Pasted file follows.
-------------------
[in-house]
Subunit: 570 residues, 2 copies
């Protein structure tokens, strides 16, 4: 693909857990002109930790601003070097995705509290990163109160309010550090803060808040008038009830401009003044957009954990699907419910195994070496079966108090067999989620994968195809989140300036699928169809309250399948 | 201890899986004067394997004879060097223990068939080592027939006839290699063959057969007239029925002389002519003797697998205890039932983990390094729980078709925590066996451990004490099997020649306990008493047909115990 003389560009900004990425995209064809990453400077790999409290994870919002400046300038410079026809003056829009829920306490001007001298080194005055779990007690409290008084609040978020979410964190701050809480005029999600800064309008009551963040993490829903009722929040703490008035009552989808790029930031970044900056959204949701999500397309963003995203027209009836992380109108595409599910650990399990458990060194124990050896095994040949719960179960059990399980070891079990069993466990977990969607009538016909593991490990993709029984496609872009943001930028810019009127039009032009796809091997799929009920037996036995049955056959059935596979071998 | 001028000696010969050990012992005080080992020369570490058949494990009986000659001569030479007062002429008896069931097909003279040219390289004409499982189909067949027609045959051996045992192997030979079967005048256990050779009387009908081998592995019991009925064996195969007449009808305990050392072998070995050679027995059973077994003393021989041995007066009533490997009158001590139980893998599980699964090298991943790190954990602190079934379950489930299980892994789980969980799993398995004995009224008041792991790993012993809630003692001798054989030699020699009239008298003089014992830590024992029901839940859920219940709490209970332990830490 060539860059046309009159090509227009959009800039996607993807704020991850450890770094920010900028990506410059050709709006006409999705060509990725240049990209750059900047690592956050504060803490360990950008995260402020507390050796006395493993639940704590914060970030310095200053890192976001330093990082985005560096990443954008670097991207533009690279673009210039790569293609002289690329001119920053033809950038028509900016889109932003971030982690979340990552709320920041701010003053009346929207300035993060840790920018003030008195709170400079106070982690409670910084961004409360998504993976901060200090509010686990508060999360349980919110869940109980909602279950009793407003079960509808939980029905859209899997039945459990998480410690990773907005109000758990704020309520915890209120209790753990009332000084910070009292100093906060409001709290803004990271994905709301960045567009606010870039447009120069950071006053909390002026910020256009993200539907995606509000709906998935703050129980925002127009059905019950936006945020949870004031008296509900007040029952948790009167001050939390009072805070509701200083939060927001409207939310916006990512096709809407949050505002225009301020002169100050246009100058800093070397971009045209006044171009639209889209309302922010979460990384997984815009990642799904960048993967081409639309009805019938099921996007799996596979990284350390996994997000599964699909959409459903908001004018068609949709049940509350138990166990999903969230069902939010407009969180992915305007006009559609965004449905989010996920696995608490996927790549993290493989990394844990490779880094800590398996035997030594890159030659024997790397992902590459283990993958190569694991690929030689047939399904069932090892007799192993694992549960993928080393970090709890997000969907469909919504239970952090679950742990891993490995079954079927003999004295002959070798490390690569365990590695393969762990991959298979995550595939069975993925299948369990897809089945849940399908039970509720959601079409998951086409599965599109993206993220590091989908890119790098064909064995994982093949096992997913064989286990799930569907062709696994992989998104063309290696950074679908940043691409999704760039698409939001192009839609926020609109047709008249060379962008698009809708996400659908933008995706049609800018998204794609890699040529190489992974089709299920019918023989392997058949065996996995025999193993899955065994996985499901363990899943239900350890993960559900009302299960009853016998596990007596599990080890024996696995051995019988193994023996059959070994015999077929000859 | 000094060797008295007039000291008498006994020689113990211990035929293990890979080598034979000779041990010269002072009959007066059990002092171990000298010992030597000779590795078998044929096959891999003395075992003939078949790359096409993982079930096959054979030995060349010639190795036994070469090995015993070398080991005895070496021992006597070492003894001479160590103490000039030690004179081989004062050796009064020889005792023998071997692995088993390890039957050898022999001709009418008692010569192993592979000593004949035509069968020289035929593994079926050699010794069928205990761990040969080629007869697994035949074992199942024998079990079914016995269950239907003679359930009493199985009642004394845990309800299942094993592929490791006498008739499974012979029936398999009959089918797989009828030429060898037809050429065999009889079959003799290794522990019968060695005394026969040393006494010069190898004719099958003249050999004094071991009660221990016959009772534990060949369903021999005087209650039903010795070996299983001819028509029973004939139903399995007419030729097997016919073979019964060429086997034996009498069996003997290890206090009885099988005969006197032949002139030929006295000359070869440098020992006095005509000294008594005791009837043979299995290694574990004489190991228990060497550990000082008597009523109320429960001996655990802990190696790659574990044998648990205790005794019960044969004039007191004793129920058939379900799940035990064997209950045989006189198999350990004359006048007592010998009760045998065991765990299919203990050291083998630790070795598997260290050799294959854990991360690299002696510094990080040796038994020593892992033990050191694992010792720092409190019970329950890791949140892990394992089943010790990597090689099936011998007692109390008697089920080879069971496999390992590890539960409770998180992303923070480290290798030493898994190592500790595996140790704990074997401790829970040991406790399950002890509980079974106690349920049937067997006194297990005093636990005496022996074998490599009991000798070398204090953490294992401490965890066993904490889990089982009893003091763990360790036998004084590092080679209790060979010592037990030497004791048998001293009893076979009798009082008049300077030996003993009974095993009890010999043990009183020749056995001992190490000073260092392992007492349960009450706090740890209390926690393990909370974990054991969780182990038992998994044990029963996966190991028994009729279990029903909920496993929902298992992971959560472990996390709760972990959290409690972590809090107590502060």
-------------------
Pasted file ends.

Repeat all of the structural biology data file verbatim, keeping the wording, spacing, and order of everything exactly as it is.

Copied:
[in-house]
Subunit: 570 residues, 2 copies
């Protein structure tokens, strides 16, 4: 693909857990002109930790601003070097995705509290990163109160309010550090803060808040008038009830401009003044957009954990699907419910195994070496079966108090067999989620994968195809989140300036699928169809309250399948 | 201890899986004067394997004879060097223990068939080592027939006839290699063959057969007239029925002389002519003797697998205890039932983990390094729980078709925590066996451990004490099997020649306990008493047909115990 003389560009900004990425995209064809990453400077790999409290994870919002400046300038410079026809003056829009829920306490001007001298080194005055779990007690409290008084609040978020979410964190701050809480005029999600800064309008009551963040993490829903009722929040703490008035009552989808790029930031970044900056959204949701999500397309963003995203027209009836992380109108595409599910650990399990458990060194124990050896095994040949719960179960059990399980070891079990069993466990977990969607009538016909593991490990993709029984496609872009943001930028810019009127039009032009796809091997799929009920037996036995049955056959059935596979071998 | 001028000696010969050990012992005080080992020369570490058949494990009986000659001569030479007062002429008896069931097909003279040219390289004409499982189909067949027609045959051996045992192997030979079967005048256990050779009387009908081998592995019991009925064996195969007449009808305990050392072998070995050679027995059973077994003393021989041995007066009533490997009158001590139980893998599980699964090298991943790190954990602190079934379950489930299980892994789980969980799993398995004995009224008041792991790993012993809630003692001798054989030699020699009239008298003089014992830590024992029901839940859920219940709490209970332990830490 060539860059046309009159090509227009959009800039996607993807704020991850450890770094920010900028990506410059050709709006006409999705060509990725240049990209750059900047690592956050504060803490360990950008995260402020507390050796006395493993639940704590914060970030310095200053890192976001330093990082985005560096990443954008670097991207533009690279673009210039790569293609002289690329001119920053033809950038028509900016889109932003971030982690979340990552709320920041701010003053009346929207300035993060840790920018003030008195709170400079106070982690409670910084961004409360998504993976901060200090509010686990508060999360349980919110869940109980909602279950009793407003079960509808939980029905859209899997039945459990998480410690990773907005109000758990704020309520915890209120209790753990009332000084910070009292100093906060409001709290803004990271994905709301960045567009606010870039447009120069950071006053909390002026910020256009993200539907995606509000709906998935703050129980925002127009059905019950936006945020949870004031008296509900007040029952948790009167001050939390009072805070509701200083939060927001409207939310916006990512096709809407949050505002225009301020002169100050246009100058800093070397971009045209006044171009639209889209309302922010979460990384997984815009990642799904960048993967081409639309009805019938099921996007799996596979990284350390996994997000599964699909959409459903908001004018068609949709049940509350138990166990999903969230069902939010407009969180992915305007006009559609965004449905989010996920696995608490996927790549993290493989990394844990490779880094800590398996035997030594890159030659024997790397992902590459283990993958190569694991690929030689047939399904069932090892007799192993694992549960993928080393970090709890997000969907469909919504239970952090679950742990891993490995079954079927003999004295002959070798490390690569365990590695393969762990991959298979995550595939069975993925299948369990897809089945849940399908039970509720959601079409998951086409599965599109993206993220590091989908890119790098064909064995994982093949096992997913064989286990799930569907062709696994992989998104063309290696950074679908940043691409999704760039698409939001192009839609926020609109047709008249060379962008698009809708996400659908933008995706049609800018998204794609890699040529190489992974089709299920019918023989392997058949065996996995025999193993899955065994996985499901363990899943239900350890993960559900009302299960009853016998596990007596599990080890024996696995051995019988193994023996059959070994015999077929000859 | 000094060797008295007039000291008498006994020689113990211990035929293990890979080598034979000779041990010269002072009959007066059990002092171990000298010992030597000779590795078998044929096959891999003395075992003939078949790359096409993982079930096959054979030995060349010639190795036994070469090995015993070398080991005895070496021992006597070492003894001479160590103490000039030690004179081989004062050796009064020889005792023998071997692995088993390890039957050898022999001709009418008692010569192993592979000593004949035509069968020289035929593994079926050699010794069928205990761990040969080629007869697994035949074992199942024998079990079914016995269950239907003679359930009493199985009642004394845990309800299942094993592929490791006498008739499974012979029936398999009959089918797989009828030429060898037809050429065999009889079959003799290794522990019968060695005394026969040393006494010069190898004719099958003249050999004094071991009660221990016959009772534990060949369903021999005087209650039903010795070996299983001819028509029973004939139903399995007419030729097997016919073979019964060429086997034996009498069996003997290890206090009885099988005969006197032949002139030929006295000359070869440098020992006095005509000294008594005791009837043979299995290694574990004489190991228990060497550990000082008597009523109320429960001996655990802990190696790659574990044998648990205790005794019960044969004039007191004793129920058939379900799940035990064997209950045989006189198999350990004359006048007592010998009760045998065991765990299919203990050291083998630790070795598997260290050799294959854990991360690299002696510094990080040796038994020593892992033990050191694992010792720092409190019970329950890791949140892990394992089943010790990597090689099936011998007692109390008697089920080879069971496999390992590890539960409770998180992303923070480290290798030493898994190592500790595996140790704990074997401790829970040991406790399950002890509980079974106690349920049937067997006194297990005093636990005496022996074998490599009991000798070398204090953490294992401490965890066993904490889990089982009893003091763990360790036998004084590092080679209790060979010592037990030497004791048998001293009893076979009798009082008049300077030996003993009974095993009890010999043990009183020749056995001992190490000073260092392992007492349960009450706090740890209390926690393990909370974990054991969780182990038992998994044990029963996966190991028994009729279990029903909920496993929902298992992971959560472990996390709760972990959290409690972590809090107590502060």